Attribution technology assigns credit to various marketing activities for conversion. For instance, if you send a bunch of emails out, people click on them, add stuff to the cart, and then buy. Because customers clicked from your email, that email is going to get credit for the revenue. If someone clicks on an ad and buys, the display ad is going to get credit for that revenue. So for most organizations, you're siloed off into functional groups that have budget for those line items. If you run an attribution model, and let's say that paid search gets a bunch of credit, the CMO will likely request providing additional funds to the paid search group.
What typically happens is you have all the other channel managers fighting and start building different types of models to say what they want them to say. And so you may or may not actually get the truth from that because people are over-twisting or over-wrangling data for their own purposes.
Companies can also suffer from a lack of maturity and understanding about how to analyze data. They may have a lot of individuals that aren't trained in analytics and now they've been thrown into roles where they're trying to do something with it. It’s also typical for businesses to not have enough data scientists — it’s a job that’s in high demand and there just aren’t enough of them to go around.
From a data collection standpoint and data storage standpoint, one of the biggest mistakes is people deciding to collect data and deal with it later. You’re not taking the full business strategy into account — and ultimately, data and analytics becomes a cost for the business with little return.
From the connectivity side, a lot of organizations are centralizing or trying to centralize data. Many companies decide to dump everything into a data lake. The problem here is from a connectivity standpoint. They're not normalizing the data or standardizing the data. What that means is you actually can't integrate it very well, even though it resides in the same place. You can't quickly derive insights. It then takes a large amount of time to cleanse and normalize and standardize the data to answer one business question. And if there’s a lack of interactivity, a company can’t adequately visualize the data or apply intelligence and automation.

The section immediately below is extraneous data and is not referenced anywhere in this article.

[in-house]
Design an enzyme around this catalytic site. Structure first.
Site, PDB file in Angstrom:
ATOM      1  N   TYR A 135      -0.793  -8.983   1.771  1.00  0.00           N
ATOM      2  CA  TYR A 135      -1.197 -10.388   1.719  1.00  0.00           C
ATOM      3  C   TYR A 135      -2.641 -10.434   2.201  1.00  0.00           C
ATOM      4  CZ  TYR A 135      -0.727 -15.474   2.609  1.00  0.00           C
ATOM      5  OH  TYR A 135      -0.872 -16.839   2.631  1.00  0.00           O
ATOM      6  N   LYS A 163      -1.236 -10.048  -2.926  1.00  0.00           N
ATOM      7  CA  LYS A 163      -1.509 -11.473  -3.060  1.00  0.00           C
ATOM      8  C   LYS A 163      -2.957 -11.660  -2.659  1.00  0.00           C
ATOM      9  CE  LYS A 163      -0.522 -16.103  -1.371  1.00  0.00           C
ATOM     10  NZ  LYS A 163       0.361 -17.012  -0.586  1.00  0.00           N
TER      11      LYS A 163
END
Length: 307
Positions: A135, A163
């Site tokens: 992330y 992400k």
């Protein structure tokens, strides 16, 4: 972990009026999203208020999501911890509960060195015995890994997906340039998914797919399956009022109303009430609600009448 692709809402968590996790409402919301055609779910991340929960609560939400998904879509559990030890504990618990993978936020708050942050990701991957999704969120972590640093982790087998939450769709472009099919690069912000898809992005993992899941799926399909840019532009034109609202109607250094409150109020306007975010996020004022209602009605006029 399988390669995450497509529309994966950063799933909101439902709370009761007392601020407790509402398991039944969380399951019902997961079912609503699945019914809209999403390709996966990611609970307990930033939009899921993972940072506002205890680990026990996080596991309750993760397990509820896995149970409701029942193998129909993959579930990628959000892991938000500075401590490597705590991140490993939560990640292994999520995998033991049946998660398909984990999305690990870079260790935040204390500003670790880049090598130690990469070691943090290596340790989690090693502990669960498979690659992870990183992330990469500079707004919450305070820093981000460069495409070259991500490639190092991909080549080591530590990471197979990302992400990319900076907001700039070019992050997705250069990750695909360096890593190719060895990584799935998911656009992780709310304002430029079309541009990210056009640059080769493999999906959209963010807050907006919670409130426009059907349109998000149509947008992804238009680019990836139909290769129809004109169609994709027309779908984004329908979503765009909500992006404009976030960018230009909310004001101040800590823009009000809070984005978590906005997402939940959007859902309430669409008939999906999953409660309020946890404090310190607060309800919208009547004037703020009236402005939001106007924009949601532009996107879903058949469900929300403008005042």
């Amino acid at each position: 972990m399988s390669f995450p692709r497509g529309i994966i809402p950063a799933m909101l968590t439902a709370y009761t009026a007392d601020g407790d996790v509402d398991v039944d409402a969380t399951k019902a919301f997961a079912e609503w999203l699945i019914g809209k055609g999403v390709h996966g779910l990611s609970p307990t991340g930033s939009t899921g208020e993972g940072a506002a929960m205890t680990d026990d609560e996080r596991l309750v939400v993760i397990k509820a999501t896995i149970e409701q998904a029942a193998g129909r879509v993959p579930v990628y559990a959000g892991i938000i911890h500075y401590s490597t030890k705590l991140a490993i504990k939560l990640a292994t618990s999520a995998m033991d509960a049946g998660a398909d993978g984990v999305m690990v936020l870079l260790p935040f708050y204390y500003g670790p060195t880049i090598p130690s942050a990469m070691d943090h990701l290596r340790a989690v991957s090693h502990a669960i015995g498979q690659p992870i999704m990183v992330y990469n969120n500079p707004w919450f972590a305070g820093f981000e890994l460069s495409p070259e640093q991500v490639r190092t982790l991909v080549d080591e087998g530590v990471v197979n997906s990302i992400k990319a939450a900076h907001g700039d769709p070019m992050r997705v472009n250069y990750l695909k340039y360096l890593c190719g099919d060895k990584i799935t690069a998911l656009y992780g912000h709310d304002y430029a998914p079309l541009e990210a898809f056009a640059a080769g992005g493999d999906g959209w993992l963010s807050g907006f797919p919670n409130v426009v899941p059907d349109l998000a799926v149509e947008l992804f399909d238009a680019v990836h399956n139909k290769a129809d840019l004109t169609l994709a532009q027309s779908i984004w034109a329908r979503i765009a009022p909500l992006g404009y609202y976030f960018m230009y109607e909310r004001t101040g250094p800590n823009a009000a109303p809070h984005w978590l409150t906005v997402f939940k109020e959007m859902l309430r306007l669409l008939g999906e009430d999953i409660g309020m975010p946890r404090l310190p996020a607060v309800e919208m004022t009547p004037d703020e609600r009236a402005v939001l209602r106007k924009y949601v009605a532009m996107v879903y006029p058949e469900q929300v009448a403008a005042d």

From the ETL and the processing standpoint, a lot of organizations are really stuck in legacy paradigms. For example, with mobile, the average engagement or session is typically two minutes or less. That does not relate to or work in the old paradigm of a session being a 30-minute window on the web.
The last problem is connecting your insights to systems of action. Companies struggle to take action across experiences, cobbling together technology and custom builds to try and retransform data yet again.
Q: How does data analytics relate to data mining?
A: Data mining is very much a data-modeling type of capability. This is where you're doing a lot more programming, for instance. You're using different statistical programs, database systems, and tons of programming in between each. Data mining really is the realm of the data scientists, whereas data analytics is much more democratized. Data mining is much more raw.
Q: What are different categories of data?
A: We usually talk about three main categories or sources of data. There's first-party data, which is your owned data, gathered when someone goes to your website, for example. Then you've got second-party data, which is data sharing between you and a partner. For instance, an airline and a credit card company do some kind of joint offer. They're going into an agreement to share data back and forth to help both their businesses because they have customers in common.
Third-party data is anything that you can purchase in markets. You can go and purchase those big data sets and bind them all together to augment your first-party data. Companies can also access publicly available data, such as data from the government and weather data, among other things.